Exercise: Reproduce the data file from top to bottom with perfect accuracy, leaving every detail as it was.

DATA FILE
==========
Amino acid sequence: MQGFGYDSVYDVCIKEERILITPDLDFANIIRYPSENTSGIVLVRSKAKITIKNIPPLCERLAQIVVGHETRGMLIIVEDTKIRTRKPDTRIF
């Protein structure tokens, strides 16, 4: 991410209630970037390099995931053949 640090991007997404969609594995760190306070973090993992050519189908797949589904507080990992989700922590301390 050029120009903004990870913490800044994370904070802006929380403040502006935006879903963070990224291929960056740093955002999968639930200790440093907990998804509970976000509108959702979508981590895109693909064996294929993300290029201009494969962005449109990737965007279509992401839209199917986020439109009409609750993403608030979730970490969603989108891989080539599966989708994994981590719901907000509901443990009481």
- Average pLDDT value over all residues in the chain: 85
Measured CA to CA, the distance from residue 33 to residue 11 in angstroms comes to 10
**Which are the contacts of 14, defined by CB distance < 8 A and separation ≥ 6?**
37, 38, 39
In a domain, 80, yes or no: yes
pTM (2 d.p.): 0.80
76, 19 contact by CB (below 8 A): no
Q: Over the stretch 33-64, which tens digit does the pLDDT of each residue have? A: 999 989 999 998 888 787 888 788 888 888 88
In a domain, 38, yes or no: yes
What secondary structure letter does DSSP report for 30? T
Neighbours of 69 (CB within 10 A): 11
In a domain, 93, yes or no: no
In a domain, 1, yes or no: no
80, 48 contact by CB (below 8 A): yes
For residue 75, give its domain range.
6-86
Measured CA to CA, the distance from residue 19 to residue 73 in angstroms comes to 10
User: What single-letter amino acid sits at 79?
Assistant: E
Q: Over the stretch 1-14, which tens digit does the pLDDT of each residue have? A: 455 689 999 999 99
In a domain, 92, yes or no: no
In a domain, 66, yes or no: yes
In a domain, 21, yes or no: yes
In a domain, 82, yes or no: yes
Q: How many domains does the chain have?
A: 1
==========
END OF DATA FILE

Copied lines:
Amino acid sequence: MQGFGYDSVYDVCIKEERILITPDLDFANIIRYPSENTSGIVLVRSKAKITIKNIPPLCERLAQIVVGHETRGMLIIVEDTKIRTRKPDTRIF
């Protein structure tokens, strides 16, 4: 991410209630970037390099995931053949 640090991007997404969609594995760190306070973090993992050519189908797949589904507080990992989700922590301390 050029120009903004990870913490800044994370904070802006929380403040502006935006879903963070990224291929960056740093955002999968639930200790440093907990998804509970976000509108959702979508981590895109693909064996294929993300290029201009494969962005449109990737965007279509992401839209199917986020439109009409609750993403608030979730970490969603989108891989080539599966989708994994981590719901907000509901443990009481």
- Average pLDDT value over all residues in the chain: 85
Measured CA to CA, the distance from residue 33 to residue 11 in angstroms comes to 10
**Which are the contacts of 14, defined by CB distance < 8 A and separation ≥ 6?**
37, 38, 39
In a domain, 80, yes or no: yes
pTM (2 d.p.): 0.80
76, 19 contact by CB (below 8 A): no
Q: Over the stretch 33-64, which tens digit does the pLDDT of each residue have? A: 999 989 999 998 888 787 888 788 888 888 88
In a domain, 38, yes or no: yes
What secondary structure letter does DSSP report for 30? T
Neighbours of 69 (CB within 10 A): 11
In a domain, 93, yes or no: no
In a domain, 1, yes or no: no
80, 48 contact by CB (below 8 A): yes
For residue 75, give its domain range.
6-86
Measured CA to CA, the distance from residue 19 to residue 73 in angstroms comes to 10
User: What single-letter amino acid sits at 79?
Assistant: E
Q: Over the stretch 1-14, which tens digit does the pLDDT of each residue have? A: 455 689 999 999 99
In a domain, 92, yes or no: no
In a domain, 66, yes or no: yes
In a domain, 21, yes or no: yes
In a domain, 82, yes or no: yes
Q: How many domains does the chain have?
A: 1